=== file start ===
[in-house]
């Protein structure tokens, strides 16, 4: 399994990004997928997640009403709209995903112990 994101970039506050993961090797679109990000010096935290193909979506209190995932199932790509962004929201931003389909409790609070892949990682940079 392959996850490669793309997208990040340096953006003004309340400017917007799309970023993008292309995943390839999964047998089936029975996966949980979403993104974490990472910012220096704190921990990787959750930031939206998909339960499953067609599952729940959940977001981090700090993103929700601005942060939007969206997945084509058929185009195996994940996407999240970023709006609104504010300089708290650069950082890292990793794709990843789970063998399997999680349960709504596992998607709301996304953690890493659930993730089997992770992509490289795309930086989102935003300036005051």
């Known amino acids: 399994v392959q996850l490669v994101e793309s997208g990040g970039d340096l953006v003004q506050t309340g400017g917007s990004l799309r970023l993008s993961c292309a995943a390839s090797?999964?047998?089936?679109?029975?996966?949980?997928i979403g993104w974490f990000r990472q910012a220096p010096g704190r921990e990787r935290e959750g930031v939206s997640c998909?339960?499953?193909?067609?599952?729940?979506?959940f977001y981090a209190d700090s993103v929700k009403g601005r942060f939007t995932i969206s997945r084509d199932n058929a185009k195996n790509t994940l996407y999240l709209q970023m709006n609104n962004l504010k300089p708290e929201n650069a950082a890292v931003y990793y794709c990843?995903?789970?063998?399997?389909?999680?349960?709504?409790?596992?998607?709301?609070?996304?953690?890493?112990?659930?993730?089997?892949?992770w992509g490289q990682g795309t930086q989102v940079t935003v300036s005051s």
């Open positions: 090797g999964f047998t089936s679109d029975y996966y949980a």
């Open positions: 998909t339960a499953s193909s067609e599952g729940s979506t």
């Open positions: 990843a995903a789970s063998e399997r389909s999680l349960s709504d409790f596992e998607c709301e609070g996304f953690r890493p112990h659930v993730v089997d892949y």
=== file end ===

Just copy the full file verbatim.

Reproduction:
[in-house]
């Protein structure tokens, strides 16, 4: 399994990004997928997640009403709209995903112990 994101970039506050993961090797679109990000010096935290193909979506209190995932199932790509962004929201931003389909409790609070892949990682940079 392959996850490669793309997208990040340096953006003004309340400017917007799309970023993008292309995943390839999964047998089936029975996966949980979403993104974490990472910012220096704190921990990787959750930031939206998909339960499953067609599952729940959940977001981090700090993103929700601005942060939007969206997945084509058929185009195996994940996407999240970023709006609104504010300089708290650069950082890292990793794709990843789970063998399997999680349960709504596992998607709301996304953690890493659930993730089997992770992509490289795309930086989102935003300036005051």
């Known amino acids: 399994v392959q996850l490669v994101e793309s997208g990040g970039d340096l953006v003004q506050t309340g400017g917007s990004l799309r970023l993008s993961c292309a995943a390839s090797?999964?047998?089936?679109?029975?996966?949980?997928i979403g993104w974490f990000r990472q910012a220096p010096g704190r921990e990787r935290e959750g930031v939206s997640c998909?339960?499953?193909?067609?599952?729940?979506?959940f977001y981090a209190d700090s993103v929700k009403g601005r942060f939007t995932i969206s997945r084509d199932n058929a185009k195996n790509t994940l996407y999240l709209q970023m709006n609104n962004l504010k300089p708290e929201n650069a950082a890292v931003y990793y794709c990843?995903?789970?063998?399997?389909?999680?349960?709504?409790?596992?998607?709301?609070?996304?953690?890493?112990?659930?993730?089997?892949?992770w992509g490289q990682g795309t930086q989102v940079t935003v300036s005051s």
């Open positions: 090797g999964f047998t089936s679109d029975y996966y949980a």
């Open positions: 998909t339960a499953s193909s067609e599952g729940s979506t």
């Open positions: 990843a995903a789970s063998e399997r389909s999680l349960s709504d409790f596992e998607c709301e609070g996304f953690r890493p112990h659930v993730v089997d892949y």